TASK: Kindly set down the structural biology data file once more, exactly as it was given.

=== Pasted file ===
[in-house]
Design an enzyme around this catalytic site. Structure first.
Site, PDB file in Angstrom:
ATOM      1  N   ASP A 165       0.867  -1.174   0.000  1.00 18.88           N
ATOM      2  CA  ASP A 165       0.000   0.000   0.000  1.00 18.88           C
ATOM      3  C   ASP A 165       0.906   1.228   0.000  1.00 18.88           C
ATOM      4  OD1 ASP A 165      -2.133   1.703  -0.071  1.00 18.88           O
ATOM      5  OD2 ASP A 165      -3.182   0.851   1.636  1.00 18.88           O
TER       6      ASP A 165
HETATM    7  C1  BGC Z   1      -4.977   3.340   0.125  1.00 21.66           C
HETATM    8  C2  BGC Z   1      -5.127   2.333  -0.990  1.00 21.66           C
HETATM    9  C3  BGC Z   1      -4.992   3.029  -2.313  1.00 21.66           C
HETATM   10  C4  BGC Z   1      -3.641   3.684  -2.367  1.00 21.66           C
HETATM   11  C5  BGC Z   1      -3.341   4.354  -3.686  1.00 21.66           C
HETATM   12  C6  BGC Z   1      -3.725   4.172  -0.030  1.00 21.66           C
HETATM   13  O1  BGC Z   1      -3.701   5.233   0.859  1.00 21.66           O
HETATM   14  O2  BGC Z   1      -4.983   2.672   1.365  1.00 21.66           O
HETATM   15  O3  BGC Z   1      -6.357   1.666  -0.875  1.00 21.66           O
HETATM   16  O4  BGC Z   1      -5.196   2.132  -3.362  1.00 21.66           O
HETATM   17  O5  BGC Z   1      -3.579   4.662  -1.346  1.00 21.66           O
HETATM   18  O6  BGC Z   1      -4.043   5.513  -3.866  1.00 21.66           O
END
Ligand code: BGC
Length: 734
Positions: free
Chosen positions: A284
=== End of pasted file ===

[in-house]
Design an enzyme around this catalytic site. Structure first.
Site, PDB file in Angstrom:
ATOM      1  N   ASP A 165       0.867  -1.174   0.000  1.00 18.88           N
ATOM      2  CA  ASP A 165       0.000   0.000   0.000  1.00 18.88           C
ATOM      3  C   ASP A 165       0.906   1.228   0.000  1.00 18.88           C
ATOM      4  OD1 ASP A 165      -2.133   1.703  -0.071  1.00 18.88           O
ATOM      5  OD2 ASP A 165      -3.182   0.851   1.636  1.00 18.88           O
TER       6      ASP A 165
HETATM    7  C1  BGC Z   1      -4.977   3.340   0.125  1.00 21.66           C
HETATM    8  C2  BGC Z   1      -5.127   2.333  -0.990  1.00 21.66           C
HETATM    9  C3  BGC Z   1      -4.992   3.029  -2.313  1.00 21.66           C
HETATM   10  C4  BGC Z   1      -3.641   3.684  -2.367  1.00 21.66           C
HETATM   11  C5  BGC Z   1      -3.341   4.354  -3.686  1.00 21.66           C
HETATM   12  C6  BGC Z   1      -3.725   4.172  -0.030  1.00 21.66           C
HETATM   13  O1  BGC Z   1      -3.701   5.233   0.859  1.00 21.66           O
HETATM   14  O2  BGC Z   1      -4.983   2.672   1.365  1.00 21.66           O
HETATM   15  O3  BGC Z   1      -6.357   1.666  -0.875  1.00 21.66           O
HETATM   16  O4  BGC Z   1      -5.196   2.132  -3.362  1.00 21.66           O
HETATM   17  O5  BGC Z   1      -3.579   4.662  -1.346  1.00 21.66           O
HETATM   18  O6  BGC Z   1      -4.043   5.513  -3.866  1.00 21.66           O
END
Ligand code: BGC
Length: 734
Positions: free
Chosen positions: A284